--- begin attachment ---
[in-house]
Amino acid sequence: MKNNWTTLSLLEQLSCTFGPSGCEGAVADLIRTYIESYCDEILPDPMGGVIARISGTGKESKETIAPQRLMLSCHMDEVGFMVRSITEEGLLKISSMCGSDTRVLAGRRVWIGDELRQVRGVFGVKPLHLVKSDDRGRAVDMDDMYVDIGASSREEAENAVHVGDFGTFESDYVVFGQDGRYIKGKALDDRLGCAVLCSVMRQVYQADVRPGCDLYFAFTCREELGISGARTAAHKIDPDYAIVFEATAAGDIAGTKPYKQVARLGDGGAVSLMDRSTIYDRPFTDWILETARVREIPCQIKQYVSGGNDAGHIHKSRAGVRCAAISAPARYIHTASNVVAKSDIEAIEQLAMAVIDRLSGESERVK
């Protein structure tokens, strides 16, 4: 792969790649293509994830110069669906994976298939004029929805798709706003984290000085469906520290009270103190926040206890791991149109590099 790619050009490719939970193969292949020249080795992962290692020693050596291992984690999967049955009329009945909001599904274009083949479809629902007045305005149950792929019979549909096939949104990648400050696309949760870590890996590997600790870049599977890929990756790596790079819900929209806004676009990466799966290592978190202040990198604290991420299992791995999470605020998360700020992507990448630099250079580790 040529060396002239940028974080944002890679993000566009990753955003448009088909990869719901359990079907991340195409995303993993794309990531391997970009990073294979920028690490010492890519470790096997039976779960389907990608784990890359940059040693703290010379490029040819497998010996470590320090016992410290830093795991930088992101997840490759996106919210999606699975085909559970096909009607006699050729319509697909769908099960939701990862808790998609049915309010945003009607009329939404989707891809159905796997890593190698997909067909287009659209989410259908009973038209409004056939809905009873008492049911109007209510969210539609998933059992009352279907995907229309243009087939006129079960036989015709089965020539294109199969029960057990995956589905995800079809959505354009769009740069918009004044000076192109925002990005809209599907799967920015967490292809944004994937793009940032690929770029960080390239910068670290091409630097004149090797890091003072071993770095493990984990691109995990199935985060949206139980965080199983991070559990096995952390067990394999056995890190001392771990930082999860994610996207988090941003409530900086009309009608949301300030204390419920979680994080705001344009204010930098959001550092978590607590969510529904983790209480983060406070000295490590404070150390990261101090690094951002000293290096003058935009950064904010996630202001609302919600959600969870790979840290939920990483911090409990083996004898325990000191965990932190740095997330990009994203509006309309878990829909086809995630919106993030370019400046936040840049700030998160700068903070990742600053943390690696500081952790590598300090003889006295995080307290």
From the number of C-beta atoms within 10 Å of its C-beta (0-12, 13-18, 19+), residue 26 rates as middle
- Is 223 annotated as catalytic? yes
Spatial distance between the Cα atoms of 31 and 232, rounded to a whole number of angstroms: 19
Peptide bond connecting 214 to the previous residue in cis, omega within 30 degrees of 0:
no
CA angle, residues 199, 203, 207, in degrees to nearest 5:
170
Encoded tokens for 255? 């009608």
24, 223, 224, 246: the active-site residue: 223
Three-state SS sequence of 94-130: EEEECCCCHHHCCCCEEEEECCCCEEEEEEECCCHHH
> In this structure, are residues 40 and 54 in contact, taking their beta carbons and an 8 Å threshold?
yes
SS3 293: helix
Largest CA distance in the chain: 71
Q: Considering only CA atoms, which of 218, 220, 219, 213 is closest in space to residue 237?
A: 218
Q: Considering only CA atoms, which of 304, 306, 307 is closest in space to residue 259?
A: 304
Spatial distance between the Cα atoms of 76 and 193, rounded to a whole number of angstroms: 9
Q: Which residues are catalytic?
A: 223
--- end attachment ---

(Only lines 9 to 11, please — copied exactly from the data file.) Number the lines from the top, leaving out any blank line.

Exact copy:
CA angle, residues 199, 203, 207, in degrees to nearest 5:
170
Encoded tokens for 255? 């009608």